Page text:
• it’s sad that majority of people think that 100yr flood happens every 100 years and not that chance of flood hapening in any year is 1%. Even life time experience od two 100yr floods in 35 years in Brisbane is not enought to change their thinking.

      I bet that if we called it 1% chance flood people will be much more precautious and less willing to risk

  2. There was minimal flooding in Caboolture but it would’ve been far worse if levels had risen as high as predicted.

    Still I think the Beaudesert and Caboolture drops are more due to the 2008/09 FHB going into meltdown as both were FHB hotspots during that period. No hard data to back up this assertion but my Sister’s in laws live at Caboolture and a friend works for the local newspaper at Beaudesert both said these areas were swamped with FHB during the boost period.

  3. DE always good analysis but watch those typos –

    “however for some reason I can find the word “flood” in the article anywhere.”

    “but the areas of Brisbane with the largest falls were directly effected by flooding.”

  4. 3rd option here is the buyer has inside knowledge that the flood was entirely due to dam mismangement.

    If that was the case, a change of govt would likely cause a review of the Dam operations manual resulting in a return to the underlying “1/100” flood insurance risk.

      • “No dam management could negate these floods”, It is on the public record that the dam was releasing water in the lead up to the flood event raising river levels when the opposite was required. Which in a car analogy is like saying “brakes are not effective when you apply them with your foot on the accelerator instead”

        Admitting and correcting poor dam management would benefit house values and insurance certainty. But this can’t be done without accepting some liability for the billions of dollars in damamges.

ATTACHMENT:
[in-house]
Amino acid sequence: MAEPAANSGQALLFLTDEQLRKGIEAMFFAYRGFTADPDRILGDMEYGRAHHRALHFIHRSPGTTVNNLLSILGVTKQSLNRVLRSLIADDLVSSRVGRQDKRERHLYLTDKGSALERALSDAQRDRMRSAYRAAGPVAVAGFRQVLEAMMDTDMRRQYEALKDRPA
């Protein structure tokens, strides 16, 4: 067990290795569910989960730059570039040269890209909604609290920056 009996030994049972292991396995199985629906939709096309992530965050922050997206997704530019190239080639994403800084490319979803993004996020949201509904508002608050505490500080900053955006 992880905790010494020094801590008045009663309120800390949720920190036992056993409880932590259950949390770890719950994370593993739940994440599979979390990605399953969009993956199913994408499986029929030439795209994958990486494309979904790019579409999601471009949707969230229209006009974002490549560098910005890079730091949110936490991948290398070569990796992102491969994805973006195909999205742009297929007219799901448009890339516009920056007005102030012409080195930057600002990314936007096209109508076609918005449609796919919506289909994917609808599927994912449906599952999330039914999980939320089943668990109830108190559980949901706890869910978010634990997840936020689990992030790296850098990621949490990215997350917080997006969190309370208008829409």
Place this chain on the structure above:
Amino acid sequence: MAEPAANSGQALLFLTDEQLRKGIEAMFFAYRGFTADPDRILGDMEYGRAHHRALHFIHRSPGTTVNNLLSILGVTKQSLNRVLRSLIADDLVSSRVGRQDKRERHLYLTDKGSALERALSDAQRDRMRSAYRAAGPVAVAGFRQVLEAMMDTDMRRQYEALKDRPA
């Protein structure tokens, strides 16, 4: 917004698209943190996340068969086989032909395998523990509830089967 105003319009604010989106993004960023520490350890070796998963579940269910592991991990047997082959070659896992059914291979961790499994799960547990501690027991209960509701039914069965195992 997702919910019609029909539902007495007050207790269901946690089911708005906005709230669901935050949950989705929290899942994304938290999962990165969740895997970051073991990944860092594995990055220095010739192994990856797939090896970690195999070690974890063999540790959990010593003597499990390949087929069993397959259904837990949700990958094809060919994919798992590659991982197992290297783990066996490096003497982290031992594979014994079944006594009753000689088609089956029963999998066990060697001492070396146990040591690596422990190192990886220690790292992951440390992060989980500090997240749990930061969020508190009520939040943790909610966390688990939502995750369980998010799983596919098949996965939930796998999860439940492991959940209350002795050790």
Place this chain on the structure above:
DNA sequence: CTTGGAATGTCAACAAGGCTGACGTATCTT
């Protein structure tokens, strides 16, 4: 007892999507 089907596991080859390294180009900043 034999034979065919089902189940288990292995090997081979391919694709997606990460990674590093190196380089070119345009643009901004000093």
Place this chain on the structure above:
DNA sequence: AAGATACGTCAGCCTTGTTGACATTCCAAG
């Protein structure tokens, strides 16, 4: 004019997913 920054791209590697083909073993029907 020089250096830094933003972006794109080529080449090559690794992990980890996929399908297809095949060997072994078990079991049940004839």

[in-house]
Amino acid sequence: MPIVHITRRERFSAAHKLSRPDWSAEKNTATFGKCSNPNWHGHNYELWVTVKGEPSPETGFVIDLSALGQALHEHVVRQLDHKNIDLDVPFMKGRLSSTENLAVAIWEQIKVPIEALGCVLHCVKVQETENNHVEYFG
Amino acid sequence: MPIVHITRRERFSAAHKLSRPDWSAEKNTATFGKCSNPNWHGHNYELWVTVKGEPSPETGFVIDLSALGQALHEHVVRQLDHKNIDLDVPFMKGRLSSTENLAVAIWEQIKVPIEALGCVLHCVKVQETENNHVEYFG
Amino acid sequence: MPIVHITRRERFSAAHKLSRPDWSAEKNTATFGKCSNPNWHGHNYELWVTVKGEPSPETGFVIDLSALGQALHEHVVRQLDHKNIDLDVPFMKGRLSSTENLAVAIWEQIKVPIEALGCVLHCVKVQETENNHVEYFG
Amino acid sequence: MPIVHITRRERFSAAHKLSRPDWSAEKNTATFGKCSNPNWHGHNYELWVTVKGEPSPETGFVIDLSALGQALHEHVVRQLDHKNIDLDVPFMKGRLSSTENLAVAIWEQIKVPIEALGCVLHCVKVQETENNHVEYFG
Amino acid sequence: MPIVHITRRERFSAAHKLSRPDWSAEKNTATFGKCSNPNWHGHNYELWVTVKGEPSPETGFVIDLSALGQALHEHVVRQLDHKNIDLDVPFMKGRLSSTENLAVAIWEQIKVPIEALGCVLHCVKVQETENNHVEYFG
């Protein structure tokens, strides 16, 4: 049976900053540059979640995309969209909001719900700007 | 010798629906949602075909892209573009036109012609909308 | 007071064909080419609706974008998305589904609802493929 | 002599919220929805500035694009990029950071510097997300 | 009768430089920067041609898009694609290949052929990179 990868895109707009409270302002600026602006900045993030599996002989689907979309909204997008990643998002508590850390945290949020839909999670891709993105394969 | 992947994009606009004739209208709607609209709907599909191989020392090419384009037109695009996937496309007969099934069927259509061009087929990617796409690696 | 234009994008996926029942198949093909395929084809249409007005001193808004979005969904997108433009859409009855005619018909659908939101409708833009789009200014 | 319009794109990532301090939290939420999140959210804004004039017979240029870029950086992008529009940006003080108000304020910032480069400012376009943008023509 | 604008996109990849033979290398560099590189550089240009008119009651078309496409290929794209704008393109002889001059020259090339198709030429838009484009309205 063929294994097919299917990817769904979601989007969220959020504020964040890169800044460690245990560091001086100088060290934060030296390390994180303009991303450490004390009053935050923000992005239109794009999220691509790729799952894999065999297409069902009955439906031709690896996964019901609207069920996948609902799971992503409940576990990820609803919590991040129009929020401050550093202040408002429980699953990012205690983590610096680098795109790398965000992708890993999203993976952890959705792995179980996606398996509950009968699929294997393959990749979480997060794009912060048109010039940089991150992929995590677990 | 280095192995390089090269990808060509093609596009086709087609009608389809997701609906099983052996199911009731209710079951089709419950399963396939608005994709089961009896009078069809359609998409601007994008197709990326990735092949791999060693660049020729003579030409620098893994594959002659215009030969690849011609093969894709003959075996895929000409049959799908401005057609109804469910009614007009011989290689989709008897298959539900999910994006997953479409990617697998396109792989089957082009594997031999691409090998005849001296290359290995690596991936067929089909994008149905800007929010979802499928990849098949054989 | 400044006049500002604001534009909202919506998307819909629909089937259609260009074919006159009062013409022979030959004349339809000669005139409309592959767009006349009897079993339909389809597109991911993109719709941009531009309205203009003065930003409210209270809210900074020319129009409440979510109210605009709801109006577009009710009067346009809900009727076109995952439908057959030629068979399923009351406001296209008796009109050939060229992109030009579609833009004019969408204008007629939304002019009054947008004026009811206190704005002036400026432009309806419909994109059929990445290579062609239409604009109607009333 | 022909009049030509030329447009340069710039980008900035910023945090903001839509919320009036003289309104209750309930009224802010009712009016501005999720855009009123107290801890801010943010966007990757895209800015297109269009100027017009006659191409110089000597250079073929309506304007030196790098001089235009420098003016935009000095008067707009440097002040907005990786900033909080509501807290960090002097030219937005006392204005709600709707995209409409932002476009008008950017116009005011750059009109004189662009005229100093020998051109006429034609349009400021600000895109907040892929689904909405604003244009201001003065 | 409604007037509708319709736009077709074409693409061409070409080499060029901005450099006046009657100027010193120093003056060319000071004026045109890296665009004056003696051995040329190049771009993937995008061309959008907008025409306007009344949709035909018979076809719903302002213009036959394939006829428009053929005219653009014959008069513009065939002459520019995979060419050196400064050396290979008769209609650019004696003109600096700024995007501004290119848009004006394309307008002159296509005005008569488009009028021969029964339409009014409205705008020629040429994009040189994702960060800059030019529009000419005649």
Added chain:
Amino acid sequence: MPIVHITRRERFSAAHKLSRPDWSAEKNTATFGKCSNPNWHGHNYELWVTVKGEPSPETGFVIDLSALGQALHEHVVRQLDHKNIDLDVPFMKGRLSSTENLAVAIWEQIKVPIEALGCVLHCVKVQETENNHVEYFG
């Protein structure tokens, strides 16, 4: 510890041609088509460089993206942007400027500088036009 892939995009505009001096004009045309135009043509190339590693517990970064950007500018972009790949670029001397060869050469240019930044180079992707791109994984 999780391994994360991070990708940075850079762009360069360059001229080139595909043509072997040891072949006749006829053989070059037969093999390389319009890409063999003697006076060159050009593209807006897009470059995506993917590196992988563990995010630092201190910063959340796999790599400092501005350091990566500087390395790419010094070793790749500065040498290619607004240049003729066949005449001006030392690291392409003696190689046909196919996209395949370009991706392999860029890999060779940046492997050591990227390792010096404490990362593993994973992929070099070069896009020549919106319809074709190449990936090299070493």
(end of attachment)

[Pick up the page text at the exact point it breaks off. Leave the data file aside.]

Inside knowledge (or good faith) in this process is a defite speculative adavantage.

        • The line you have quoted of me was in reference to the previous, higher floods in the 1800s. No use of wivenhoe in the event of a greater flood event than the 2011 flood would be able to negate future impacts of floods in Brisbane. There is evidence of much greater floods, in my opinion rendering those properties flooded in 2011 an insurance liability.

          Whether future improved dam management is possible is doubious with unpredicable weather anyway, I’m just saying I wouldn’t purchase there.

  5. Mooloolaba 1.2 million sold last weekend – seems to have gone unreported in auction section of local- prior sale 2 million 2004

  6. I agree that the article should have mentioned the flood but not as the bulls have said that the flood dropped flood properties by only 10-20%.

    I believe that that price drop is the effect of the flood (plus the market drop), but not the effect on flood damaged properties, that is much greater. This drop is greater than the wider Brisbane decline as many of the most expensive properties (river-front) were affected and most have not sold or entered the market so the median is based on a subset of less prestigious properties with a naturally lower median price. Unfortunately I can’t confirm this with a complete set of data.

    The actual affect on flood affected properties (that will continue to plague results in these suburbs) is much greater, 30-50% depending on the condition of the property, such as: http://www.onthehouse.com.au/buy/property/49924536

    To my dismay, the front line still doesn’t seem to get it. I know one couple that saw the flood damage as an opportunity to get into the market buying a completely gutted house and I know another that has put an offer on a beach front sunshine coast IP who’s listed price has dropped 30% in 6 months and yet they fail to see that this might indicate it’s a bad investment.

    • innocent bystander

      “This drop is greater than the wider Brisbane decline as many of the most expensive properties (river-front) were affected and most have not sold or entered the market so the median is based on a subset of less prestigious properties with a naturally lower median price”

      +1